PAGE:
I was born & brought up at number 54 Clifton Common, one of three houses built around 1931 by a man called Squire, costing (I believe) about £500, on land bought from the Armytage estate.
On the other side of the road was the large old property known as Ashgrove. Pretty well named as the Ash trees must have been over a hundred years old & were in significant numbers.
Who lived at Ashgrove you may wonder? In my day, the only occupant was an old lady by the name of Miss Ann Walker.
A visit with my mother over the road took me as a small child into the world of Miss Faversham, straight out of Great Expectations.
I only entered the kitchen, perhaps the once, where the scene seemed to be one of unwashed knives, forks & plates in the cobweb chaos, of a permanent world of spiders' webs.
I may never have needed another inoculation in my life after that visit.
Miss Walker dressed in all black was the full personification of Miss Faversham.
The only other time I recall seeing her was about 7.00 pm one November night, when she knocked at the door carrying a bundle of twigs for our Guy Fawkes bonfire. My reaction would be one of great disdain, we dealt in railway sleepers in Clifton Common.
Then one day, about 1954, Miss Walker was taken away, to a home. I expected that she had died, but she had not & the tough old bird lived on for about another 10 years, I think, & we visited once a home near Huddersfield.
There was this old house then, empty now in the middle of its significant landscaped grounds, with only a cousin & the solicitor to protect it.
Apparently, the solicitor was too slow & the word was there was cash in the house & the vandals arrived & ripped the place apart before it was finally boarded up.
My mother gave evidence in Wakefield, at the prosecution of some of the many who completed the job.
There we were, then living opposite, a gang of lads playing every day in the fields, what more natural than to have a wander, very carefully into the forbidding place.
After a while we went in to see, what we could see.
I remember the large old house about 4 storeys high, in old black ashlar stone, & the door in the side to lift things to the top storey. Always seemed a little commercial somehow to me.
The large overgrown grounds with the ashes & many holly trees, one still grows in my garden, here in Lancashire, 65 years later.
Nothing to see there then, but go round the back, into a square yard with out-houses & a large carriage house.
The out-houses were the place of wonder.
I can remember only one other thing of note: the piles of bound up old newspapers. Yorkshire Posts from the 1890/1900s. Even at that age, I saw for the first time the great names of Yorkshire, George Herbert Hirst & Wilfred Rhodes. Well, the reports were there & the photographs, but perhaps I added the names later.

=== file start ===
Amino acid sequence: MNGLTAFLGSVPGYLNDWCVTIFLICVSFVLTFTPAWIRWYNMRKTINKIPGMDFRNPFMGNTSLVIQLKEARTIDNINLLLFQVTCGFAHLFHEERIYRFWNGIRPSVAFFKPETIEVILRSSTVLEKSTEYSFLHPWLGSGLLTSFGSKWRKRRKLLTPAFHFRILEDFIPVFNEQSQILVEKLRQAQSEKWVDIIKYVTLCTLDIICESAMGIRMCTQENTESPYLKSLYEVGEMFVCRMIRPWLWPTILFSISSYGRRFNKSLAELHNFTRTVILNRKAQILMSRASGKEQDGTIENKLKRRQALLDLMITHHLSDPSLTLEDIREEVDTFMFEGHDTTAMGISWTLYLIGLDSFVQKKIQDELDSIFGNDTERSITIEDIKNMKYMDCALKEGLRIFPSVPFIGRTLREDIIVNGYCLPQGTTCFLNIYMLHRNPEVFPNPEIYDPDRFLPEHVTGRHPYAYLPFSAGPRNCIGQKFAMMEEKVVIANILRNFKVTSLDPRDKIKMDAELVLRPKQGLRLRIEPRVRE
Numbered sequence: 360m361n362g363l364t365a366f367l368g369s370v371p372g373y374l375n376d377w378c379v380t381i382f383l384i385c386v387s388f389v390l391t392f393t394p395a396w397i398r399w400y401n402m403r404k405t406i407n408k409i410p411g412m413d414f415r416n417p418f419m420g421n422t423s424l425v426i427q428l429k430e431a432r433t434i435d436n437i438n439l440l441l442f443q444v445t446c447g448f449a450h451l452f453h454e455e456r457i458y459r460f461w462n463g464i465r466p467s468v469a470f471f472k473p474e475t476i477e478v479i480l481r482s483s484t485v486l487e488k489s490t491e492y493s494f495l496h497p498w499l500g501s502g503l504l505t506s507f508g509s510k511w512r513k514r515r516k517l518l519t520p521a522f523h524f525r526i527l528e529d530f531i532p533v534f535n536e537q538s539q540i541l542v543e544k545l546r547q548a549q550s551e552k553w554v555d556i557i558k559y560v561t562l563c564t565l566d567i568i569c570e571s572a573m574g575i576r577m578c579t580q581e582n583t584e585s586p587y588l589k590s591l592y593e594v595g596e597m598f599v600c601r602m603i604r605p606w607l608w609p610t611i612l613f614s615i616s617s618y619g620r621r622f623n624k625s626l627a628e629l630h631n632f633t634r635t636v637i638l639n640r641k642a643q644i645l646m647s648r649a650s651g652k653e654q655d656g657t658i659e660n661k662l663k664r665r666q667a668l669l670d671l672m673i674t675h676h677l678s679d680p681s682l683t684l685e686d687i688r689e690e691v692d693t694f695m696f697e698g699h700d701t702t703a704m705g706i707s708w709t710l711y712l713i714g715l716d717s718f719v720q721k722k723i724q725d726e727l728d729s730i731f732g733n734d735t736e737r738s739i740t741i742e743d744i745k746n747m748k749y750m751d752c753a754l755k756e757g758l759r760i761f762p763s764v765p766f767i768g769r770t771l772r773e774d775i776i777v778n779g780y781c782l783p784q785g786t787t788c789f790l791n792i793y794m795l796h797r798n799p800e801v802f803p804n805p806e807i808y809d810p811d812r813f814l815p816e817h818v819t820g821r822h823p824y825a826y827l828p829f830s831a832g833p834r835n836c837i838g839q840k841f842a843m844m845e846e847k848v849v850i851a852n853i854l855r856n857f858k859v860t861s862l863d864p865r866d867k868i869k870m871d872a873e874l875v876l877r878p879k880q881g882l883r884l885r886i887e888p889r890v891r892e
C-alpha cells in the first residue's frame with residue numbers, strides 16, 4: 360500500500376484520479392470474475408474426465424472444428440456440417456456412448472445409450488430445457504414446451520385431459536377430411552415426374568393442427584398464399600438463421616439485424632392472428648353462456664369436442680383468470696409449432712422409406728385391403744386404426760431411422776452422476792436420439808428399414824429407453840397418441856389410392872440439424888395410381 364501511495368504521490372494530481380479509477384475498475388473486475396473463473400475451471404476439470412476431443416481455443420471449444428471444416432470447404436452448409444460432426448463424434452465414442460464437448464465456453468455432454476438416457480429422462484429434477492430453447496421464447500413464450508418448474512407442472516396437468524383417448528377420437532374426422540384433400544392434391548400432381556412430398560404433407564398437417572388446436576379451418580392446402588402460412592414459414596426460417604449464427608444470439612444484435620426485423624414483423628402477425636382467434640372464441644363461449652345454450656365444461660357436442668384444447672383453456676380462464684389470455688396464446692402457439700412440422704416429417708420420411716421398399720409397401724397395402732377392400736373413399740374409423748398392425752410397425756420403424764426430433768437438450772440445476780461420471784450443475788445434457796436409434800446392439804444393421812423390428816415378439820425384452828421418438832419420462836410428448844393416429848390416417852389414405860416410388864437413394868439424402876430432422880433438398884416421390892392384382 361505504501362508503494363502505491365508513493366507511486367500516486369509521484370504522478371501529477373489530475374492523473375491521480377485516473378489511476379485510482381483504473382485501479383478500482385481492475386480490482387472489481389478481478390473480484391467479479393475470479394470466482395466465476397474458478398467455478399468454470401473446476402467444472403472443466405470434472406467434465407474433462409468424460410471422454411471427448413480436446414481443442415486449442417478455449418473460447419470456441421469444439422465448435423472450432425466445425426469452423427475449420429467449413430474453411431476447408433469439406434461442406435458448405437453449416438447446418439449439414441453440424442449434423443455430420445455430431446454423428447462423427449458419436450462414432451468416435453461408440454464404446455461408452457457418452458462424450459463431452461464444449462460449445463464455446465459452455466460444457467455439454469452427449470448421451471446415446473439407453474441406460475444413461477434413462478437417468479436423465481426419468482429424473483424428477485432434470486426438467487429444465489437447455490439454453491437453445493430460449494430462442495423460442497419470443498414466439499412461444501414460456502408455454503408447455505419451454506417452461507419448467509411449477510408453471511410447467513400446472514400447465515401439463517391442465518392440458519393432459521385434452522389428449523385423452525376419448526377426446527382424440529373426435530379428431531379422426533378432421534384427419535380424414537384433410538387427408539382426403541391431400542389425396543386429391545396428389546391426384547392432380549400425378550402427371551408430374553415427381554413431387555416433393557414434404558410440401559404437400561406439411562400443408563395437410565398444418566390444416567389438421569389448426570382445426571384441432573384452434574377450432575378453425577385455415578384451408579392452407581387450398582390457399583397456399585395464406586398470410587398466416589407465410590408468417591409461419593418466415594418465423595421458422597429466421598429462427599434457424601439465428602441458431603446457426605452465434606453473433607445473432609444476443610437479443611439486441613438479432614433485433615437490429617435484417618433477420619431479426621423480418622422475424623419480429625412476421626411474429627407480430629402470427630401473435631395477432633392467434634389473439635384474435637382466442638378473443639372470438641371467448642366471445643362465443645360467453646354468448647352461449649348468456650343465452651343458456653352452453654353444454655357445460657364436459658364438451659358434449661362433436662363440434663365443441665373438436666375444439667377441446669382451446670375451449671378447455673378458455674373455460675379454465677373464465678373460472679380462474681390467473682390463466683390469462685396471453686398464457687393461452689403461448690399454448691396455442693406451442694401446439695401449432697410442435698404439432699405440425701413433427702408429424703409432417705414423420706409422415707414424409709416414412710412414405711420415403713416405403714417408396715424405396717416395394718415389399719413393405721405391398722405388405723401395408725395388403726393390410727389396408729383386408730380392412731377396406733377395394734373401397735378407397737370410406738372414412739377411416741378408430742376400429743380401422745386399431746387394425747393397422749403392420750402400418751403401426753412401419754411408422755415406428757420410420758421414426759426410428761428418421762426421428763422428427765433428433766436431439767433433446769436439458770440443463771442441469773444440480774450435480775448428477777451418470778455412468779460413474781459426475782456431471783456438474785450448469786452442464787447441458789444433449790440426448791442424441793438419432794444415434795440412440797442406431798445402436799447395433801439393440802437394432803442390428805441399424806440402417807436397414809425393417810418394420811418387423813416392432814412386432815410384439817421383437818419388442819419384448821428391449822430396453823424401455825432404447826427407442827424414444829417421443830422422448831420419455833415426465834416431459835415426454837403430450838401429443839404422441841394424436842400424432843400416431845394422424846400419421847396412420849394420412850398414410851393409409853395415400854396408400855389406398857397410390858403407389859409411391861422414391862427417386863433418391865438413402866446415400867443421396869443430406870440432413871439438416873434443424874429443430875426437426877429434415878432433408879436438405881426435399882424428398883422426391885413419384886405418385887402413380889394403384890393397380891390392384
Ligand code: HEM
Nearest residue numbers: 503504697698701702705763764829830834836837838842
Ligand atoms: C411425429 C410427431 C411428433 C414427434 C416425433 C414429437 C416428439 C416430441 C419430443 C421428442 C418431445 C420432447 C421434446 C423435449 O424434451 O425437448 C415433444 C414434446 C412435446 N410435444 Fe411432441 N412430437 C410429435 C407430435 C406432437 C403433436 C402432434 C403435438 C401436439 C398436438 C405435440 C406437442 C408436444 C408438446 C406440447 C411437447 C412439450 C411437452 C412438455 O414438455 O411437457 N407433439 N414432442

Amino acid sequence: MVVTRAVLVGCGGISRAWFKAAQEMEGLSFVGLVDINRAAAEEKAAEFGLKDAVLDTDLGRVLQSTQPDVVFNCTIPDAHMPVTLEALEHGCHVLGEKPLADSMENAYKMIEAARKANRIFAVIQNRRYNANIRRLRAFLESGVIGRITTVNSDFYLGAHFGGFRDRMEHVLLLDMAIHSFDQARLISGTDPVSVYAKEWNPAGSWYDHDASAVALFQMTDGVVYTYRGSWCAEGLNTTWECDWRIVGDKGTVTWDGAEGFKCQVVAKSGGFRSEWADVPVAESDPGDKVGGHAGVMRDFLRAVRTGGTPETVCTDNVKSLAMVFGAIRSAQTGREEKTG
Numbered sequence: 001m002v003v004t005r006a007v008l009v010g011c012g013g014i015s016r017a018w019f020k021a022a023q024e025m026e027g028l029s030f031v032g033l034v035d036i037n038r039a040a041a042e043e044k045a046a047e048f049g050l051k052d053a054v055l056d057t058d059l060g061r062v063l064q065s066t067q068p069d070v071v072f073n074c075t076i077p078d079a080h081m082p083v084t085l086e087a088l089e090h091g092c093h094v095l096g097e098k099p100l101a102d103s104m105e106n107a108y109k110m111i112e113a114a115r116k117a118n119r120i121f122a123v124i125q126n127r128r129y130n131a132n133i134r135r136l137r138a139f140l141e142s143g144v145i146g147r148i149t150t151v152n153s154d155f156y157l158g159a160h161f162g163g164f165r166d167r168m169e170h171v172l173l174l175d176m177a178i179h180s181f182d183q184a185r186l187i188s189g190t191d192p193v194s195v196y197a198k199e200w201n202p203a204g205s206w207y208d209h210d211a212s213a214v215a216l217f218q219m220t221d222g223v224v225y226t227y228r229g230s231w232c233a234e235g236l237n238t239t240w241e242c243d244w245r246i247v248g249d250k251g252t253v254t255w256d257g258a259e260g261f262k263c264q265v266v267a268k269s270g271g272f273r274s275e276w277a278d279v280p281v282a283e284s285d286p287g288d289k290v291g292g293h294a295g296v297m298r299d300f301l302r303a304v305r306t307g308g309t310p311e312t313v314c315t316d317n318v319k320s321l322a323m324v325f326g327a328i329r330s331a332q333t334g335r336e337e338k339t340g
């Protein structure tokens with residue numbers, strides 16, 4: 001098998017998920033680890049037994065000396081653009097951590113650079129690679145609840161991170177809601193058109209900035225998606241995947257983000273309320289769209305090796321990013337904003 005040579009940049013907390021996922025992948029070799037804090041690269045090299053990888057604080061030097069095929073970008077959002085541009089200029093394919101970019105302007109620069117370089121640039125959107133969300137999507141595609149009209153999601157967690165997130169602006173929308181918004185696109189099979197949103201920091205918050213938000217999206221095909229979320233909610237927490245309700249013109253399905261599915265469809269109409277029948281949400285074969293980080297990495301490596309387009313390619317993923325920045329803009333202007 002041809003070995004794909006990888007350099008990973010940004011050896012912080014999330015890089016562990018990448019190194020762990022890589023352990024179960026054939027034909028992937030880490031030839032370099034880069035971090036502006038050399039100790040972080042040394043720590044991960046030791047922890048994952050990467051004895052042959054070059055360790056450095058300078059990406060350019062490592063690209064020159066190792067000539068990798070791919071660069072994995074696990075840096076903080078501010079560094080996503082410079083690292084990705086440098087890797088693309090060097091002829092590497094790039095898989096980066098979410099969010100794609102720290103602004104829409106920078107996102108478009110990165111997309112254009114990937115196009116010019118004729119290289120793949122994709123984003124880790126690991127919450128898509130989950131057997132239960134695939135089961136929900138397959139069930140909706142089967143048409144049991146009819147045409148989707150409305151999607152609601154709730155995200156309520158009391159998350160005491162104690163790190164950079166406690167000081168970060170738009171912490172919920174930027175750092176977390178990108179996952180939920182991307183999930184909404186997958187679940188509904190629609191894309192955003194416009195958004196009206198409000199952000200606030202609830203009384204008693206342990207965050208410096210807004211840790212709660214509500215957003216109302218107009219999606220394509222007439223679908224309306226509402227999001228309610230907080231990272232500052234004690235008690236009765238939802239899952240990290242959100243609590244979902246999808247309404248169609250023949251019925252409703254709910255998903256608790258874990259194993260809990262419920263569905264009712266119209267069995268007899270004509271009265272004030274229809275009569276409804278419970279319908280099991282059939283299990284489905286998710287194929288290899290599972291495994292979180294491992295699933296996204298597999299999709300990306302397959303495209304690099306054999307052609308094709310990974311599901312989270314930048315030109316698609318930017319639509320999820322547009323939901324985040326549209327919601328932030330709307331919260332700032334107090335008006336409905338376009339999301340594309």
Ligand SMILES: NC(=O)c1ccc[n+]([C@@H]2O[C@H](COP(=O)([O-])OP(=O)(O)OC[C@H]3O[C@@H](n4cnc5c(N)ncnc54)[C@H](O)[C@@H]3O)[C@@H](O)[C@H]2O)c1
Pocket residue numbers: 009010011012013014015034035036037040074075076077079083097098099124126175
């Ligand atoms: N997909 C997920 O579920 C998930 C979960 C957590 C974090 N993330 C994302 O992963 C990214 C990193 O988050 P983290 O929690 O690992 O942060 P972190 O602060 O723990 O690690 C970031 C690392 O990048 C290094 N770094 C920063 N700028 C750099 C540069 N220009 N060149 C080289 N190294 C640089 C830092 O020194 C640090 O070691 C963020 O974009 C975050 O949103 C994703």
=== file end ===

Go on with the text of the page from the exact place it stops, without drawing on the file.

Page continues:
A few years later, about 1960, it was Boxing Day & the party was at my house over the road. It snowed, heavily about the late afternoon. My older brother, his friend & I had a magnificent snow ball fight in the dark, with the landscaped gardens providing a superb range of places for an ambush in a winter wonderland.
Mr Taylor the taxi man came for my aged female relatives about 11.30 pm.
I can still remember the size of the tumbler of whisky my father gave him to warm up!
Then there was the coming of Mr Tomic. He was a legend in his day, based, I think, in Bradford. A one-man Polish tree-felling operation He arrived one day with a contract to fell a few of the ash trees, & of course chose the ones that were most lucrative. Working alone on these giants using axes, & wedges to great effect, he spent most of the week dropping the trees & turning them into logs using a circular saw. The local window cleaner Joe Pratt, who lived further up the common, seemed to come to an arrangement to help with the log production.
Then it was Sunday & I was on my way back from church about 10.30.
Mr Tomic had arrived & started work on his own. He had chosen the giant Ash tree, the biggest of the group. The only problem was that this tree was in very close proximity to the road & almost overhung our house.
With his axes & wedges he managed to drop the canopy & later the trunk, a quite awesome feat of skill for one man on his own.
Years later, my father told me Mr Tomic had been killed felling a tree.
My final memory of the house was in 1966, when I was back home from College.
I decided to show my girl-friend, now wife, the Ashgrove. The back door was once again open & we went inside. Though the remains of the kitchen were torn apart & the smashed grandfather clock at the foot of the stairs, we came upon a room without windows, I think.
It was about 15 ft square, with the colour being purple, I remember. That was because there was an organ at one side & a piano at the other, back to back.
The organ had the purple textile covering popular in the early Victorian period.
The rest of the room was clearly used as the library.
Now all was a disaster, the books had gone to be replaced by a sea of paper on the floor.
It must have been one of the major libraries in Brighouse, & its theme may well have been topographical as I found the Yorkshire Poll book for 1807, butchered on the floor & another book on Mills & canals, I think.
A little research may well provide the key to who built the collection.
Page Ref: M_40
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